SACRAMENTO – So many people in California’s prisons have been infected with COVID-19 that at least seven of the institutions have crossed a threshold for herd immunity, a Sacramento Bee review of infection data found.

More than 70% of inmates have tested positive for the illness at the seven prisons, enough to minimize the potential for further spread, experts say.

And more than 60% have tested positive at seven other institutions, falling just short of the threshold. The infection rates don’t include vaccinations, which likely have pushed more of the state’s 35 prisons into herd immunity territory.

The figures show the extent of the pandemic’s sweep through the state’s prisons, where one in four employees and half of inmates have tested positive since the first California inmate came down with COVID-19 on March 22. Twenty-six employees and 212 inmates have died and the virus has torpedoed morale, according to corrections data and employee interviews.

“I had eight people die that I worked with over the last couple years, and it wasn’t from anything but COVID, so that’s kind of a rough part of it,” said Garrett Smith, 54, a recently retired correctional officer who worked at California Health Care Facility in Stockton.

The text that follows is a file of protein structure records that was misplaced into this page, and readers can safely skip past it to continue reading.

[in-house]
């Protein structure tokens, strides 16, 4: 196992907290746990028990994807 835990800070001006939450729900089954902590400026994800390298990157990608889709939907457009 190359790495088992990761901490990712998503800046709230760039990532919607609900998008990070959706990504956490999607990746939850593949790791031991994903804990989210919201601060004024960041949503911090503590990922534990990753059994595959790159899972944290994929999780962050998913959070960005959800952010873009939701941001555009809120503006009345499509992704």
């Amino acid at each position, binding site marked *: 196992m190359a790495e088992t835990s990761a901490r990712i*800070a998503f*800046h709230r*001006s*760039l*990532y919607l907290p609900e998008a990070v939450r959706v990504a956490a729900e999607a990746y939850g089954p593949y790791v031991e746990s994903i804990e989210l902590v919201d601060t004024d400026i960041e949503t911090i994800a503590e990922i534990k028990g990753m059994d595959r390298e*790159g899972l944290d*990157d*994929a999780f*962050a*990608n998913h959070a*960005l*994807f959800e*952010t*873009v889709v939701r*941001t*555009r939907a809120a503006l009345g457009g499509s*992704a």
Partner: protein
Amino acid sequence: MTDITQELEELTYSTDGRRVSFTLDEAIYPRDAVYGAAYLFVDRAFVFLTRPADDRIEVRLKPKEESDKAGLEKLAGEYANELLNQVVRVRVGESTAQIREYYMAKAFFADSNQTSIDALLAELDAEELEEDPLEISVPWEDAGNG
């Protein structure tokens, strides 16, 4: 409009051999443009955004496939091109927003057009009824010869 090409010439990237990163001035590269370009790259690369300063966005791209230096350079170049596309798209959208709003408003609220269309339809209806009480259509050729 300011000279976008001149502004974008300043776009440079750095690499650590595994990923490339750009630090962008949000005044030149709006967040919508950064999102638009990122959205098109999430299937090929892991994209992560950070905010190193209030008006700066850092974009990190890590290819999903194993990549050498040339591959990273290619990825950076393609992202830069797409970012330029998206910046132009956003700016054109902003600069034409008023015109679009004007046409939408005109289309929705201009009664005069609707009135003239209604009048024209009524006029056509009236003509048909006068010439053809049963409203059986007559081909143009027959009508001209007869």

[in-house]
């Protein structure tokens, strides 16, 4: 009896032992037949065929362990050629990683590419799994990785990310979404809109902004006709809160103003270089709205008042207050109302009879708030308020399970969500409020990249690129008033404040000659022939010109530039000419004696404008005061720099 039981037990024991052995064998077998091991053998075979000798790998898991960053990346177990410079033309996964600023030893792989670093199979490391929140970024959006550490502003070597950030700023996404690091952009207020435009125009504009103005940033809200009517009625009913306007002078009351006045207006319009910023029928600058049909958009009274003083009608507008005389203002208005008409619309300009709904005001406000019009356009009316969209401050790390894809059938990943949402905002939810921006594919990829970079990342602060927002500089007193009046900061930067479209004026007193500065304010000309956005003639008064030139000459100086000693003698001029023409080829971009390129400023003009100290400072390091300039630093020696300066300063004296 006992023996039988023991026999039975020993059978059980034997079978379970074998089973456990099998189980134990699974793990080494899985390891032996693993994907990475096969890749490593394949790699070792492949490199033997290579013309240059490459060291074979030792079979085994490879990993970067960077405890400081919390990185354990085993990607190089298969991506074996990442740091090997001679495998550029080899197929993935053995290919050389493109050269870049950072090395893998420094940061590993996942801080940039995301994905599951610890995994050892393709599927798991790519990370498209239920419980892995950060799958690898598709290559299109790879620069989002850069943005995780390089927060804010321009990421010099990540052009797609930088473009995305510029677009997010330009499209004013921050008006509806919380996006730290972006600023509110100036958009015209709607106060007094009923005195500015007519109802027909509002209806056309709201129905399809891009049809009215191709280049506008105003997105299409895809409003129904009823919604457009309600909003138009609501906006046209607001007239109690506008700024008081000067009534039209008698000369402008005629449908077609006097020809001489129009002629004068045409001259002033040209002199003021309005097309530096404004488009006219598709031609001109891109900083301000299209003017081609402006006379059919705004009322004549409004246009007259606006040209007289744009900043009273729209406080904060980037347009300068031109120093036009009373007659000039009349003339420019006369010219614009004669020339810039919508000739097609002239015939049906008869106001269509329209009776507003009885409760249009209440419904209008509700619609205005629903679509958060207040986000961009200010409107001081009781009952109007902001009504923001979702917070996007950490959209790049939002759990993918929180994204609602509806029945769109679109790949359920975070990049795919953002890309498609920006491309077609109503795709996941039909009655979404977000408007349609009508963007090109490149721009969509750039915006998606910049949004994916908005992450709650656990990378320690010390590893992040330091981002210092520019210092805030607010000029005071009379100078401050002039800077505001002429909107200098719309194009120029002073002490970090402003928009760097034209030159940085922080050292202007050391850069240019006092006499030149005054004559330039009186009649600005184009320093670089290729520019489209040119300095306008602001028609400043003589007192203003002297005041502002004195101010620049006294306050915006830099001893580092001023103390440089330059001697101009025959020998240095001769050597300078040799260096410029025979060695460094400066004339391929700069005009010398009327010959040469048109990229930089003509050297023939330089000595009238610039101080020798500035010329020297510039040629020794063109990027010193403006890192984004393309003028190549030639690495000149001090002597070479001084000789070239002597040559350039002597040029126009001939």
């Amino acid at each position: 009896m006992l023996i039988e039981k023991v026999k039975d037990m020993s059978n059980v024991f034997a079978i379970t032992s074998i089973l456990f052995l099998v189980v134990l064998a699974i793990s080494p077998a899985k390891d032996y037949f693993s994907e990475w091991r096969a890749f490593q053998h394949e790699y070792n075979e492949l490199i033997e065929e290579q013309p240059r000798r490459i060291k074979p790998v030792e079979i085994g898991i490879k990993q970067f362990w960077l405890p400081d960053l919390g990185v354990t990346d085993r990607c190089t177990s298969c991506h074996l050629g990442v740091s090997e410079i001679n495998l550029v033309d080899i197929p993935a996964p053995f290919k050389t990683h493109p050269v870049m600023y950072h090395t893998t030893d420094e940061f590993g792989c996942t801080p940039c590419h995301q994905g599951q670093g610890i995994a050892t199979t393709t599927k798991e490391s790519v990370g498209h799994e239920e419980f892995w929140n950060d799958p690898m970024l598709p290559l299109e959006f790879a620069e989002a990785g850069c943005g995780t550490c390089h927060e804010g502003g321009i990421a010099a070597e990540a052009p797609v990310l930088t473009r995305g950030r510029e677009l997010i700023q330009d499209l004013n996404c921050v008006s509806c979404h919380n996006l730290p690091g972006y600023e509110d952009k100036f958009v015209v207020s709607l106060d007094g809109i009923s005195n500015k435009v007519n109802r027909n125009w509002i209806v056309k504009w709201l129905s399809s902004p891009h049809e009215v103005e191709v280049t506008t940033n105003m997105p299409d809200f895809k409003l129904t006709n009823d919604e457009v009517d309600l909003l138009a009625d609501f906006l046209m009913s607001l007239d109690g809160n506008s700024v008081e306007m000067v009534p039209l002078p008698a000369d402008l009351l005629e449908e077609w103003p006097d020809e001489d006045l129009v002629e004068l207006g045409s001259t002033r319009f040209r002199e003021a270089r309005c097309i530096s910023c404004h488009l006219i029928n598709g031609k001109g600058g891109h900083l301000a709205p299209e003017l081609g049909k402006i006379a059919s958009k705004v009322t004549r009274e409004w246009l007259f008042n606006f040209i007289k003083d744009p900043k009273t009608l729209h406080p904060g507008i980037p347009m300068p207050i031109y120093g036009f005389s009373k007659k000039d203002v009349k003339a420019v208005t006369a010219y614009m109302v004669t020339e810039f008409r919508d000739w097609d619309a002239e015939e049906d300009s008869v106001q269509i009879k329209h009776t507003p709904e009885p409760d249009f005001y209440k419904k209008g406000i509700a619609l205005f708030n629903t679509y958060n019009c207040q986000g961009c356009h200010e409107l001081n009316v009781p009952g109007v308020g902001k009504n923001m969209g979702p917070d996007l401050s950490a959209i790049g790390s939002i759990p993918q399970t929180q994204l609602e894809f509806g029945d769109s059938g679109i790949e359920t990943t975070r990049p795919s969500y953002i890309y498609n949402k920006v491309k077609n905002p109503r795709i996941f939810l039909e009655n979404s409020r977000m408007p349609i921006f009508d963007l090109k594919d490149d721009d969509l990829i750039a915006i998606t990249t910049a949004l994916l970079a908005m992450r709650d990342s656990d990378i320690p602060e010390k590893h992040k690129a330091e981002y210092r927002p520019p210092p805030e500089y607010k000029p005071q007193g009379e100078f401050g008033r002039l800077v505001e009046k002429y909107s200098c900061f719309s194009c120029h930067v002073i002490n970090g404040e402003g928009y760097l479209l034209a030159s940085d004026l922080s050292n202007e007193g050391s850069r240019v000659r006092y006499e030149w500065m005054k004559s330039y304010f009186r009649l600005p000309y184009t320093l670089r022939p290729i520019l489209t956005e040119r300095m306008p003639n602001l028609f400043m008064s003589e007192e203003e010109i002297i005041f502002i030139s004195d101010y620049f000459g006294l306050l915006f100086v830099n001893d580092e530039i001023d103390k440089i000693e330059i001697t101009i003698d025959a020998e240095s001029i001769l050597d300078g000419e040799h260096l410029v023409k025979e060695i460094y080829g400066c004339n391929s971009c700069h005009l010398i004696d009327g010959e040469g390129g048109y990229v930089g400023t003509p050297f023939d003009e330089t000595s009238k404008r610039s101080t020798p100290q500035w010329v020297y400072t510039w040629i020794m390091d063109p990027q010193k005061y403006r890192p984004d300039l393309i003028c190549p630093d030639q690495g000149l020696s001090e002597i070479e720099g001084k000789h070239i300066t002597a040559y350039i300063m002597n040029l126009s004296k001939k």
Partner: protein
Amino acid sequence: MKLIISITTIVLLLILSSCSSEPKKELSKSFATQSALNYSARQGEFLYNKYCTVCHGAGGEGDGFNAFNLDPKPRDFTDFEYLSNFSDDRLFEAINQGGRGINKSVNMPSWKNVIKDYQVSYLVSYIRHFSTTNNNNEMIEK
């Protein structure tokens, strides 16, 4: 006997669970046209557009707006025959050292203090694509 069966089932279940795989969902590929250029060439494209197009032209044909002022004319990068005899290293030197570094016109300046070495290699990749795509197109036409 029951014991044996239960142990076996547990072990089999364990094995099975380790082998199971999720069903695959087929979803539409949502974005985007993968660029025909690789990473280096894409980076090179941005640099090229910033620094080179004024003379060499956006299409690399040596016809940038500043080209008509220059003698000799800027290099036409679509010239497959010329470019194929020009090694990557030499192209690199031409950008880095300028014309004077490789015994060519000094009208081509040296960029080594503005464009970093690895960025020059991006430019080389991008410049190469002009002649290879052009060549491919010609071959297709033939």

At least two outbreaks – at San Quentin State Prison and California State Prison, Corcoran – resulted from transfers of infected inmates. But most of the worst outbreaks occurred when infections were surging around the U.S. in November and December, suggesting employees carried the virus into the prisons where it took hold and spread.

Rates of infection have ranged from 10% at Northern California’s remote Pelican Bay State Prison to 100% at the California Rehabilitation Center in Riverside County.

Active infections have dropped to their lowest levels since April of last year, Department of Corrections and Rehabilitation spokeswoman Dana Simas said in an email.

The data suggest the worst of the pandemic is over inside the state’s prisons, and that risks of the institutions spreading the virus to communities – particularly in rural areas – may be receding.

Simas said the prison system faced universal hurdles related to testing and obtaining safety equipment and the unique challenges of running a 24/7 operation involving hundreds of thousands of people and their loved ones. She said the corrections department and California Correctional Health Care Services have “been strongly committed to responding” to the emergency and to protecting employees and inmates.

The department now tests widely and provides masks and safety equipment, Simas said. Early releases of low-level inmates and those near the end of their sentences have reduced the prison population to its lowest level in 30 years.

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